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Fraser Brown Mackenna retrofits 'heroic' 1960s education building

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Fraser Brown Mackenna Architects has completed this £29million refurbishment of the ‘heroic’ Cockcroft Building for the University of Brighton

The London-based architect has comprehensively overhauled the 15,000m² building, home to the univeristy’s science and engineering departments, stripping back the original 1960s structure to open up the floorplate.

According to the practice, the external envelope with its ‘sophisticated façade’ was upgraded to meet modern energy requirements.

The building services have been updated throughout. Renewable heating and cooling is provided by an aquifer thermal energy store with two 90m deep wells in the campus grounds. Extensive photovoltaics are installed on the building’s roof.  

Internally, the building has been reconfigured with a variety of formal, informal, group, individual research, teaching and learning spaces designed to suit 21st century pedagogies.

Project architect John Moakes said: ‘The open, transparent interior is a physical expression of the collaborative working and learning environment the University seeks to promote.’


The architect’s view

‘The Cockcroft Building is a pure-bred 1960s higher education building. A simple and powerful form, impressive scale, sophisticated façade and a clear-span concrete structure are key features of this ‘heroic’ building.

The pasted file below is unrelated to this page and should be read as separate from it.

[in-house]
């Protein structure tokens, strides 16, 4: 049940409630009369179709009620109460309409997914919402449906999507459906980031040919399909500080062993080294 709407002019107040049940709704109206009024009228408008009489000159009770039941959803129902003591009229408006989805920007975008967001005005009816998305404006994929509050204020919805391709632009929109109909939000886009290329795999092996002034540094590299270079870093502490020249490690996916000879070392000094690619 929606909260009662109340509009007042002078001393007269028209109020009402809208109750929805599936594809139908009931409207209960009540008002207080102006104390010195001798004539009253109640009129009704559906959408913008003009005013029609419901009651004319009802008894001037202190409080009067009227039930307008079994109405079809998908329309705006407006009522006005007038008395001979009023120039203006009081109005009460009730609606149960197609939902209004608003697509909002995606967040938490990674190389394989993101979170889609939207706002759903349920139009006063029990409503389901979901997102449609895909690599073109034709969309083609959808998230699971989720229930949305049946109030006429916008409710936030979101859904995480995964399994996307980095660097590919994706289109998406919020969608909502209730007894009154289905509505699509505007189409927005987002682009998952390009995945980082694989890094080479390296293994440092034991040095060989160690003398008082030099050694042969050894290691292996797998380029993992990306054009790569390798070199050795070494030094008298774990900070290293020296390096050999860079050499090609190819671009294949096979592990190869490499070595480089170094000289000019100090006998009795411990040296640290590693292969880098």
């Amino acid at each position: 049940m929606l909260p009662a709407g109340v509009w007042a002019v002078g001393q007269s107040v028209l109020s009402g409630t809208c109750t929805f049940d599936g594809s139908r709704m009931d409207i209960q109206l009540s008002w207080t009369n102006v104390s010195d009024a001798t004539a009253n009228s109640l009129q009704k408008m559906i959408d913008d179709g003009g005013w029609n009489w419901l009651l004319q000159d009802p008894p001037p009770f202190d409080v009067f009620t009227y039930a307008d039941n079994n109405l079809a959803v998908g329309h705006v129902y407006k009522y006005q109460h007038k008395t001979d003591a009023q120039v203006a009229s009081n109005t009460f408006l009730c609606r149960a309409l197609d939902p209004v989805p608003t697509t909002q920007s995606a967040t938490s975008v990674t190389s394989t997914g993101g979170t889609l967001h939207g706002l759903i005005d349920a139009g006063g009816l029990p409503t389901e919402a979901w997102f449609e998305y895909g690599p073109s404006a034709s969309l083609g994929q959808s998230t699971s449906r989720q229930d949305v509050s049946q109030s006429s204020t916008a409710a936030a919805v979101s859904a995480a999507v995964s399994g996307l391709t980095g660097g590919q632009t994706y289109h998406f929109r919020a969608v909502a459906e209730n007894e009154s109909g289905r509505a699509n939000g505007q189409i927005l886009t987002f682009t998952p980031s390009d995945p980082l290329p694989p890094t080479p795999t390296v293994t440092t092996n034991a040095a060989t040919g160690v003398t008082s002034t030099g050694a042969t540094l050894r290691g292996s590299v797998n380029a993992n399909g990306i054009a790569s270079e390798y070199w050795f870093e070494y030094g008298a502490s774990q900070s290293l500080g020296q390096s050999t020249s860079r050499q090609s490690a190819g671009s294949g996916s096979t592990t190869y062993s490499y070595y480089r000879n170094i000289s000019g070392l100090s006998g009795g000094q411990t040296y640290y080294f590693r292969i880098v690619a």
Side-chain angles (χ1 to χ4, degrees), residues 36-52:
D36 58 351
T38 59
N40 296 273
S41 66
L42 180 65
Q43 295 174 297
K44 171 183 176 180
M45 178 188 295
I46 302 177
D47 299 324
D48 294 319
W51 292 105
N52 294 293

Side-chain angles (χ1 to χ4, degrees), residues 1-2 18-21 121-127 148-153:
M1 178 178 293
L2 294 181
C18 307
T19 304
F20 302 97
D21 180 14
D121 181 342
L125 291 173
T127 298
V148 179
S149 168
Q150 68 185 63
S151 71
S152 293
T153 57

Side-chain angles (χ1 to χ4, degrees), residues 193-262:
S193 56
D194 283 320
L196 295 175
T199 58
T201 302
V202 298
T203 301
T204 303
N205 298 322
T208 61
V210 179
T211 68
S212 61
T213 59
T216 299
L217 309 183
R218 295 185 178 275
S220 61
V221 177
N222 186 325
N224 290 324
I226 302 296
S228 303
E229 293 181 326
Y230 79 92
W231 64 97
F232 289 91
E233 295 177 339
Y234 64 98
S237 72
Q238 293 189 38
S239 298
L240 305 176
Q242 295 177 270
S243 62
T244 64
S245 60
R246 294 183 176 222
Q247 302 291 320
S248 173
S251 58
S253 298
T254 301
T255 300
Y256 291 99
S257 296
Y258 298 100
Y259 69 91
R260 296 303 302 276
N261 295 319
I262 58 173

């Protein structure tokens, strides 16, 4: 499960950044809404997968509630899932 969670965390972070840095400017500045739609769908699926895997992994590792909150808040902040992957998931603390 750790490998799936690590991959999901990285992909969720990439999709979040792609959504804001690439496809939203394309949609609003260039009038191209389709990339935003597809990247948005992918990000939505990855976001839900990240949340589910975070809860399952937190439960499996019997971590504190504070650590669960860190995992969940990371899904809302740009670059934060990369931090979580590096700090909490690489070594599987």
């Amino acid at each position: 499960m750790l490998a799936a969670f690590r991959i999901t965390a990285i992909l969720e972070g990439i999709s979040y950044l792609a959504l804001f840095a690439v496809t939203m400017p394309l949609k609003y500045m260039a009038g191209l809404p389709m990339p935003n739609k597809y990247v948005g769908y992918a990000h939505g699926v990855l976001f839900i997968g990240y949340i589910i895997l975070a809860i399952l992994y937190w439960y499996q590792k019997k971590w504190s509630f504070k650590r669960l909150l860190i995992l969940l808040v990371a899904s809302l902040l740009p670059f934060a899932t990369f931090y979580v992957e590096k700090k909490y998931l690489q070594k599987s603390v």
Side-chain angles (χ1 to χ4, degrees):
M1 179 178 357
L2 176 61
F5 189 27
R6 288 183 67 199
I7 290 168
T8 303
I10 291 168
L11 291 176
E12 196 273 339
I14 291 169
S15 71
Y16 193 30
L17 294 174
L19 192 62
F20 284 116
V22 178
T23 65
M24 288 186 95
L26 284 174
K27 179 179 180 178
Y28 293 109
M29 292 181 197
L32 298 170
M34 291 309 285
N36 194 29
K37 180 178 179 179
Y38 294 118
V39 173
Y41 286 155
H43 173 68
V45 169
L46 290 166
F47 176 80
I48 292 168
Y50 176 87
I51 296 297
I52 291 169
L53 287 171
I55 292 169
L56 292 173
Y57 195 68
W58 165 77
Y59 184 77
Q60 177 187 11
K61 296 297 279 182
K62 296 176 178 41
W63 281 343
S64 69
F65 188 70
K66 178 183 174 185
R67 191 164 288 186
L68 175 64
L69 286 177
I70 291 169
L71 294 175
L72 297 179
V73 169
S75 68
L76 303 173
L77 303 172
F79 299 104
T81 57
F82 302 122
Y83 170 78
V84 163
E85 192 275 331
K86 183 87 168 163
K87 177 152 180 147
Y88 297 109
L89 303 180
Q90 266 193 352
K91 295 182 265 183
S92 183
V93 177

‘Like many buildings of its era, its environmental performance and internal space planning were outdated and in need of upgrading to meet the requirements of 21st century learning.

‘Our proposals involved a comprehensive retrofit that included architecture, structure and services all working together to transform the building. This meant stripping the building back to the concrete frame so its underlying qualities could be seen and transforming circulation through the building to open up the floor plate.

‘Our brief from the University of Brighton meant that radically reducing energy usage and transforming the internal environment were as equally important as designing internal spaces that provide a stimulating learning environment.

Staff and students now have a multitude of spaces to suit formal / informal and group / individual research, teaching and learning. The open, transparent interior is a physical expression of the collaborative working and learning environment the University seeks to promote.

The external envelope has been radically upgraded and low-energy services installed throughout. This includes renewable heating and cooling from an innovative Aquifer Thermal Energy Store with two 90m deep wells in the campus grounds and an extensive PV installation on the roof.

Daylight now permeates through the liberated floor plate; the exposed structure and services, coupled with recycled floor tiles and crisp glazed screens give the interior a character and identity to match the facade – this is the University’s home of science and engineering, and it wears its heart on its sleeve.


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